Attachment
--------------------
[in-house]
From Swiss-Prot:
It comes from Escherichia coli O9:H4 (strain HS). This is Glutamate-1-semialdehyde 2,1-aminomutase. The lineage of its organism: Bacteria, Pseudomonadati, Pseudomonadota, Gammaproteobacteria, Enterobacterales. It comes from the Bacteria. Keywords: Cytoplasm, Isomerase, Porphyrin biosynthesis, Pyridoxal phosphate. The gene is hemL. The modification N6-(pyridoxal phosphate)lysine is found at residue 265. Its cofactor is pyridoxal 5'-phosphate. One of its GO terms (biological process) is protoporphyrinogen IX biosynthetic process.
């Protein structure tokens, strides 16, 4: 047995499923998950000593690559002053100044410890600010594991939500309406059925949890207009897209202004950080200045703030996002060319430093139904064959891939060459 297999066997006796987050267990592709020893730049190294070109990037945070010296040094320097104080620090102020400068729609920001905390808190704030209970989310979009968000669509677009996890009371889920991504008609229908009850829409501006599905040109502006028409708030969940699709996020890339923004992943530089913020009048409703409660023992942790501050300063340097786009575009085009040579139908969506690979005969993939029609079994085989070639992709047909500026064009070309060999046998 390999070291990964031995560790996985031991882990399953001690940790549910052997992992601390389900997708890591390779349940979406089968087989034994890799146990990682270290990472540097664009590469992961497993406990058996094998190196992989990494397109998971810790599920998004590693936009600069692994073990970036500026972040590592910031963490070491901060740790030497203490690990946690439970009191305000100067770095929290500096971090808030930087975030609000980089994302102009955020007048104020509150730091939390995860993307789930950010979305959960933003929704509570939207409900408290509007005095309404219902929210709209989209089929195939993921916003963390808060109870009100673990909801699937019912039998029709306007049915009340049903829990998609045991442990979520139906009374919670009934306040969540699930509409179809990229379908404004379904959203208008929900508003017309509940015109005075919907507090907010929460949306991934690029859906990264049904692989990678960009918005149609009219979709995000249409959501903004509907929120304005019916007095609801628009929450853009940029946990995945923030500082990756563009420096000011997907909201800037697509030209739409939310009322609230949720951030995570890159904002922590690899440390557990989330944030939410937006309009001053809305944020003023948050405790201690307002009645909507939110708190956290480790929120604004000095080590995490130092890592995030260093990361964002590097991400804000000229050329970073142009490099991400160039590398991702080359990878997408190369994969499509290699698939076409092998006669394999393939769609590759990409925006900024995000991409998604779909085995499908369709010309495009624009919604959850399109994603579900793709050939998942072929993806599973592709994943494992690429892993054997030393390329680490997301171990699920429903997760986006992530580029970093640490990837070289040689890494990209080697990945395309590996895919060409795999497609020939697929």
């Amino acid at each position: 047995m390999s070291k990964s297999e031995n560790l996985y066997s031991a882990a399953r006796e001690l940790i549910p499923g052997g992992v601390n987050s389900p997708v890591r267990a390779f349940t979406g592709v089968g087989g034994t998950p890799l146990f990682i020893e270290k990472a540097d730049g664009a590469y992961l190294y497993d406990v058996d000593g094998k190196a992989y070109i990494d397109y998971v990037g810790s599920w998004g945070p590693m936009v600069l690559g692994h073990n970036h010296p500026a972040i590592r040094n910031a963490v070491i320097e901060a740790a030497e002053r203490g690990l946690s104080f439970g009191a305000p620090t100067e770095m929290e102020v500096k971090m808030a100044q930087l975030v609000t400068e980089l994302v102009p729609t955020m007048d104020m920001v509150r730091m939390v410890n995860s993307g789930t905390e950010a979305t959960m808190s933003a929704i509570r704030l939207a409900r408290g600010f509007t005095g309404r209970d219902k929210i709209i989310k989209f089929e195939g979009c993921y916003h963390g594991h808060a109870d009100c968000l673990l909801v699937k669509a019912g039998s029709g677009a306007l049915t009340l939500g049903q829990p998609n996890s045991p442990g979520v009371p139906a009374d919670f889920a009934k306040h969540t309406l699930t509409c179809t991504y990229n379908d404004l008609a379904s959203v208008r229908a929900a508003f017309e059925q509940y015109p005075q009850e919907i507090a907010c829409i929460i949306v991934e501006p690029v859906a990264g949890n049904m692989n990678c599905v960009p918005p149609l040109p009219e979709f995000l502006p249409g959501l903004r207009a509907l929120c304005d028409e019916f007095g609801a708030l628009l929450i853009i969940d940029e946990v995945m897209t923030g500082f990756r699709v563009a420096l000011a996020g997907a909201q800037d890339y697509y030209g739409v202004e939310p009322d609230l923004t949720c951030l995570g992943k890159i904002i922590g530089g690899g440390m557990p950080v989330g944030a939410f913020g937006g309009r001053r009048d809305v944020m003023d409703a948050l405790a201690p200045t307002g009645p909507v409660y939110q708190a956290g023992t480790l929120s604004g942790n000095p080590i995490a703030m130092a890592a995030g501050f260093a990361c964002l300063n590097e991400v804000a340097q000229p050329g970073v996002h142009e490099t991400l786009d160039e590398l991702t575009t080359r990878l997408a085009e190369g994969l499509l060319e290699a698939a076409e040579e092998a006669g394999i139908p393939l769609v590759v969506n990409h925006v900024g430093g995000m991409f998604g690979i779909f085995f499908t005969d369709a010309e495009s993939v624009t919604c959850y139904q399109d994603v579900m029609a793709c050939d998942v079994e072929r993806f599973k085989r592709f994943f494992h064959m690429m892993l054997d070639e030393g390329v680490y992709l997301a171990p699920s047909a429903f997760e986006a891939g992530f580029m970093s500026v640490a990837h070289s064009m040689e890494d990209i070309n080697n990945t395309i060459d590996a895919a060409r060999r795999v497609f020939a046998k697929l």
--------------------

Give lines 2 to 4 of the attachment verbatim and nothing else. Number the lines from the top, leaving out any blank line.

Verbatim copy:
From Swiss-Prot:
It comes from Escherichia coli O9:H4 (strain HS). This is Glutamate-1-semialdehyde 2,1-aminomutase. The lineage of its organism: Bacteria, Pseudomonadati, Pseudomonadota, Gammaproteobacteria, Enterobacterales. It comes from the Bacteria. Keywords: Cytoplasm, Isomerase, Porphyrin biosynthesis, Pyridoxal phosphate. The gene is hemL. The modification N6-(pyridoxal phosphate)lysine is found at residue 265. Its cofactor is pyridoxal 5'-phosphate. One of its GO terms (biological process) is protoporphyrinogen IX biosynthetic process.
């Protein structure tokens, strides 16, 4: 047995499923998950000593690559002053100044410890600010594991939500309406059925949890207009897209202004950080200045703030996002060319430093139904064959891939060459 297999066997006796987050267990592709020893730049190294070109990037945070010296040094320097104080620090102020400068729609920001905390808190704030209970989310979009968000669509677009996890009371889920991504008609229908009850829409501006599905040109502006028409708030969940699709996020890339923004992943530089913020009048409703409660023992942790501050300063340097786009575009085009040579139908969506690979005969993939029609079994085989070639992709047909500026064009070309060999046998 390999070291990964031995560790996985031991882990399953001690940790549910052997992992601390389900997708890591390779349940979406089968087989034994890799146990990682270290990472540097664009590469992961497993406990058996094998190196992989990494397109998971810790599920998004590693936009600069692994073990970036500026972040590592910031963490070491901060740790030497203490690990946690439970009191305000100067770095929290500096971090808030930087975030609000980089994302102009955020007048104020509150730091939390995860993307789930950010979305959960933003929704509570939207409900408290509007005095309404219902929210709209989209089929195939993921916003963390808060109870009100673990909801699937019912039998029709306007049915009340049903829990998609045991442990979520139906009374919670009934306040969540699930509409179809990229379908404004379904959203208008929900508003017309509940015109005075919907507090907010929460949306991934690029859906990264049904692989990678960009918005149609009219979709995000249409959501903004509907929120304005019916007095609801628009929450853009940029946990995945923030500082990756563009420096000011997907909201800037697509030209739409939310009322609230949720951030995570890159904002922590690899440390557990989330944030939410937006309009001053809305944020003023948050405790201690307002009645909507939110708190956290480790929120604004000095080590995490130092890592995030260093990361964002590097991400804000000229050329970073142009490099991400160039590398991702080359990878997408190369994969499509290699698939076409092998006669394999393939769609590759990409925006900024995000991409998604779909085995499908369709010309495009624009919604959850399109994603579900793709050939998942072929993806599973592709994943494992690429892993054997030393390329680490997301171990699920429903997760986006992530580029970093640490990837070289040689890494990209080697990945395309590996895919060409795999497609020939697929």